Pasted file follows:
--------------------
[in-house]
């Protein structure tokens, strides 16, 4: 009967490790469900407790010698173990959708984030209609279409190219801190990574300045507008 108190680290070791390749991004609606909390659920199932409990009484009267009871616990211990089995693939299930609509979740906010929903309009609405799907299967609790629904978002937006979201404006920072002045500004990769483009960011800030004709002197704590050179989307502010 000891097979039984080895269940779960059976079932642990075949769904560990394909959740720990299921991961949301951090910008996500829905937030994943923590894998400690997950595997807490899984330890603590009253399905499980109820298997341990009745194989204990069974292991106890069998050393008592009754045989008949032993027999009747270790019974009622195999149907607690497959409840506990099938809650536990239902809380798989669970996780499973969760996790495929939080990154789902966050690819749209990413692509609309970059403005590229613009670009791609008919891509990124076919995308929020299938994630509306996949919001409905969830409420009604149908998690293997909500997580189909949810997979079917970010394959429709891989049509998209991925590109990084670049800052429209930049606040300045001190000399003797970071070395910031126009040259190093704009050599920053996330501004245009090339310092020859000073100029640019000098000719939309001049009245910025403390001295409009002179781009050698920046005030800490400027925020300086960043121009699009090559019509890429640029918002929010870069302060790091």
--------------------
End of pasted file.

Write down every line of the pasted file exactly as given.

[in-house]
């Protein structure tokens, strides 16, 4: 009967490790469900407790010698173990959708984030209609279409190219801190990574300045507008 108190680290070791390749991004609606909390659920199932409990009484009267009871616990211990089995693939299930609509979740906010929903309009609405799907299967609790629904978002937006979201404006920072002045500004990769483009960011800030004709002197704590050179989307502010 000891097979039984080895269940779960059976079932642990075949769904560990394909959740720990299921991961949301951090910008996500829905937030994943923590894998400690997950595997807490899984330890603590009253399905499980109820298997341990009745194989204990069974292991106890069998050393008592009754045989008949032993027999009747270790019974009622195999149907607690497959409840506990099938809650536990239902809380798989669970996780499973969760996790495929939080990154789902966050690819749209990413692509609309970059403005590229613009670009791609008919891509990124076919995308929020299938994630509306996949919001409905969830409420009604149908998690293997909500997580189909949810997979079917970010394959429709891989049509998209991925590109990084670049800052429209930049606040300045001190000399003797970071070395910031126009040259190093704009050599920053996330501004245009090339310092020859000073100029640019000098000719939309001049009245910025403390001295409009002179781009050698920046005030800490400027925020300086960043121009699009090559019509890429640029918002929010870069302060790091």